I was pleasantly surprised to learn from your article (Dec. 18) that our defense Establishment is endeavoring to perfect weapons that will “stun and strand” rather than “kill” the enemy.
As commendable and refreshing as this concept appears, given our focus over the years on the enemy’s destruction and annihilation by nuclear and other means, it does nonetheless evoke some concern by me and others involved with the medical care of our veterans. As one struggles with the pathologic consequences of toxic exposures during the Vietnam conflict and later with Desert Storm (multiple chemical sensitivity syndrome) one wonders (allowing for national security of course) to what extent physicians caring for veterans will be rendered knowledgeable about the potential toxicities of low-energy lasers, polymers, isotropic radiators, DSMO calmative drug combinations, and other agents so nicely detailed in your article.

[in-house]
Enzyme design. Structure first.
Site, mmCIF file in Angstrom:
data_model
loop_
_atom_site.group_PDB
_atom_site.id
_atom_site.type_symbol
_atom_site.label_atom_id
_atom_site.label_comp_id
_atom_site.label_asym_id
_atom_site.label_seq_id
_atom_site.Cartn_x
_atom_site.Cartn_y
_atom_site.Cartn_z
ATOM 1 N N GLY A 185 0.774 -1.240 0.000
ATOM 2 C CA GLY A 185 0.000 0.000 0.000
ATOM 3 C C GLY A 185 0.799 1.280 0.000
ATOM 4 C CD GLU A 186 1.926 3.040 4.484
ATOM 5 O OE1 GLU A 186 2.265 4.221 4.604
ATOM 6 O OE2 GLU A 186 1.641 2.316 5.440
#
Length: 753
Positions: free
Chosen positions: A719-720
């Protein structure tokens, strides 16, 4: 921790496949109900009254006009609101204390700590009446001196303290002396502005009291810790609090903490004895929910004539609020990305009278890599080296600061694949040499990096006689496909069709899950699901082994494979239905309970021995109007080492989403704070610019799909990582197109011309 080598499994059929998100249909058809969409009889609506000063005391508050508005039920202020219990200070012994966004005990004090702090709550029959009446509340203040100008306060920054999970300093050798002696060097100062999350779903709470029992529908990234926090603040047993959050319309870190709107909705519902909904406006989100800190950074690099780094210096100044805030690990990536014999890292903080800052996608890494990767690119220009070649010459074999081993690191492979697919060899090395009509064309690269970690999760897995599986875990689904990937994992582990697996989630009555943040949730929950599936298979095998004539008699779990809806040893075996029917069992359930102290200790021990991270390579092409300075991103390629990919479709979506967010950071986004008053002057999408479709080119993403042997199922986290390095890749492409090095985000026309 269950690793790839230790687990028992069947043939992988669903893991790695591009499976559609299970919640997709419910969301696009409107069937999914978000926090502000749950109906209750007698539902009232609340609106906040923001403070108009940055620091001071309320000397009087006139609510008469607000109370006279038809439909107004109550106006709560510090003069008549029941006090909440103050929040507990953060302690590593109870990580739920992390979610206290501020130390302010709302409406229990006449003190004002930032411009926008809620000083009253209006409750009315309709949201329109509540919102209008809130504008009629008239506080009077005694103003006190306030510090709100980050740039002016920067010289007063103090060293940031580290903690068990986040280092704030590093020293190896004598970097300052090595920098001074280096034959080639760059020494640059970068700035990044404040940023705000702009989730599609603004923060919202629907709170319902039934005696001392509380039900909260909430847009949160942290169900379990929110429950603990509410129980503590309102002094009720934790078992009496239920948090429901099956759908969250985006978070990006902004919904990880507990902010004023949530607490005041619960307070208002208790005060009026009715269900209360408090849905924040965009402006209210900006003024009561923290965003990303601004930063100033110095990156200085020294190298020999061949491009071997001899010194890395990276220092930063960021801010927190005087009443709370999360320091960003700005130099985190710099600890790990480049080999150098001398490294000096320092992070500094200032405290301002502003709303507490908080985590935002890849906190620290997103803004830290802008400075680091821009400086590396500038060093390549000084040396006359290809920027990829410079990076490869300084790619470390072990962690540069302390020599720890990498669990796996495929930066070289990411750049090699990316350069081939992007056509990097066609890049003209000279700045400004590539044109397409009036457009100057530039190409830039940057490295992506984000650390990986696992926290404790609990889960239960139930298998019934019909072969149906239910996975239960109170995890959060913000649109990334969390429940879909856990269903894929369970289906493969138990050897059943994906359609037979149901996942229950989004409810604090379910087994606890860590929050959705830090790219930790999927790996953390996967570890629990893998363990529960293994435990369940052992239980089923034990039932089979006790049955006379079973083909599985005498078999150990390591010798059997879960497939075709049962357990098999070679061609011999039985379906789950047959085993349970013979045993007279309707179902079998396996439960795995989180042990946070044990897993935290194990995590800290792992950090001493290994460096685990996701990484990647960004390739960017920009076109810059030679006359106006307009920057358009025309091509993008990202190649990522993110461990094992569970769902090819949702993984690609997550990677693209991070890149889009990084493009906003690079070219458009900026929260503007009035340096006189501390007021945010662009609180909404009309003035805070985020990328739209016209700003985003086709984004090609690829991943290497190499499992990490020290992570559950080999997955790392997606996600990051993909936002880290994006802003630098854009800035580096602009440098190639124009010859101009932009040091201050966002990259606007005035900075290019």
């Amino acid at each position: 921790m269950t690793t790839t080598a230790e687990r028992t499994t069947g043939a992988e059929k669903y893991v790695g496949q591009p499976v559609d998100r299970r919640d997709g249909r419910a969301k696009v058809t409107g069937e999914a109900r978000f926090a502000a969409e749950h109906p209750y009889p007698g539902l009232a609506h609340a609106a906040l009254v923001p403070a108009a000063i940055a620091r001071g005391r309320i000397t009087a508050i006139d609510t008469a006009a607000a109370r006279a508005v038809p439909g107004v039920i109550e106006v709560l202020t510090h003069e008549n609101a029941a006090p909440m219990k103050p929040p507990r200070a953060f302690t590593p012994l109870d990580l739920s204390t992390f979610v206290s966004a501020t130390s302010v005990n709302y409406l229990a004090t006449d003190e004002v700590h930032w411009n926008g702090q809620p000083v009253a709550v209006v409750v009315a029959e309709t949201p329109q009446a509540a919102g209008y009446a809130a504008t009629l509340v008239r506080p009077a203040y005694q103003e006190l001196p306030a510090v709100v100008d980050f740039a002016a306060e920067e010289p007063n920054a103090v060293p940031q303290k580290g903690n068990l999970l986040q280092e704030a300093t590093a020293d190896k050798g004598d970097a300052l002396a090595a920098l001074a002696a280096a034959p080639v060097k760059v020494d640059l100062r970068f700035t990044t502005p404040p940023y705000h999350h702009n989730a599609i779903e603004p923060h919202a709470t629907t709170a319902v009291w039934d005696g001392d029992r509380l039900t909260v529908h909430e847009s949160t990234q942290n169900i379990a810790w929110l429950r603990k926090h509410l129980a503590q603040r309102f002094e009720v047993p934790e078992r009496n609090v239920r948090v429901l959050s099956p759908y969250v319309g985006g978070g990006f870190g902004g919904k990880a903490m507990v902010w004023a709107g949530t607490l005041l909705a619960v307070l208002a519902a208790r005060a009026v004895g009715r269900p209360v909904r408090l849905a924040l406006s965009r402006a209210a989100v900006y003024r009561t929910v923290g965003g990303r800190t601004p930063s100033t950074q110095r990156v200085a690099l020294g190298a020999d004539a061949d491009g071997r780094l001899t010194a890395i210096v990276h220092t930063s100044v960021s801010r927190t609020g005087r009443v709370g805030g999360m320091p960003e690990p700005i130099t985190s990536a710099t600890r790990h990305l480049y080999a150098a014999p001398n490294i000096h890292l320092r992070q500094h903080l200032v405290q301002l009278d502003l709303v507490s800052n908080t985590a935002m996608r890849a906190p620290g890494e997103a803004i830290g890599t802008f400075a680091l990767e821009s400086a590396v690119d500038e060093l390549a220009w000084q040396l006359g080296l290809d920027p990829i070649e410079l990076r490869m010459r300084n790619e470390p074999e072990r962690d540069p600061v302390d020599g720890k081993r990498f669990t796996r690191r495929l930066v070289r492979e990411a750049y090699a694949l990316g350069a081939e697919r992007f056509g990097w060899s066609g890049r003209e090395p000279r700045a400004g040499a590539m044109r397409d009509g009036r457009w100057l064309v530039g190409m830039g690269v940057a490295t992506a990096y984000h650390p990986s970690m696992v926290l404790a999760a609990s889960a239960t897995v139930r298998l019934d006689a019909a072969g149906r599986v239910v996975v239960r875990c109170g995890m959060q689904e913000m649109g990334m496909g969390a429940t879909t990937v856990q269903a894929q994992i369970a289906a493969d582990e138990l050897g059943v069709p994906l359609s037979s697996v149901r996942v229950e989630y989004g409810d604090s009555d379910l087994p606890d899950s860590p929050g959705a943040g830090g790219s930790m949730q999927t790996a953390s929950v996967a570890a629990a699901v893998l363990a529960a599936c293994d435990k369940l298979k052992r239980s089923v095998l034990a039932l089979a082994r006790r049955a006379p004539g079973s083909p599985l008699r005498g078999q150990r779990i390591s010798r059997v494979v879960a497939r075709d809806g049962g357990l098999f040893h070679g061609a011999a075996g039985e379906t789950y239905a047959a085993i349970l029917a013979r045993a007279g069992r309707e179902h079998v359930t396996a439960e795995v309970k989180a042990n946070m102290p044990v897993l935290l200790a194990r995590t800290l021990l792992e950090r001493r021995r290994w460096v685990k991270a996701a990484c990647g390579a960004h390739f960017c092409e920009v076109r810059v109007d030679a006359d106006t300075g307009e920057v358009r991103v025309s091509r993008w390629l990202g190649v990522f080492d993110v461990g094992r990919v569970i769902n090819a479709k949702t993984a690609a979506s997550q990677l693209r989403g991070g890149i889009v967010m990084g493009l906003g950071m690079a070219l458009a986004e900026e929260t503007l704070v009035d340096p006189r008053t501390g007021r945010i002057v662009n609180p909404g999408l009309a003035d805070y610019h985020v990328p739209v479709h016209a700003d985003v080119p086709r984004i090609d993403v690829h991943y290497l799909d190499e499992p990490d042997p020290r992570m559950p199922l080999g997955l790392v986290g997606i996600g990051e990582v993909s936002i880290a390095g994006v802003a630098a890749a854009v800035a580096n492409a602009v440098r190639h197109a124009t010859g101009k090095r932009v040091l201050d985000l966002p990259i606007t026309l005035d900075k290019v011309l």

Invariably, certain of our military service personnel, inadvertently or otherwise, will fall victim to these materials. Our therapeutic response therefore will have to be swift and effective and without the encumberances of costly epidemiologic analysis. My plea is that we begin the necessary educational process now before political and public relations issues preempt our prerogatives in this regard.
BASIL CLYMAN MD
Associate Chief of Staff
Ambulatory Care, Sepulveda Veterans
Affairs Medical Center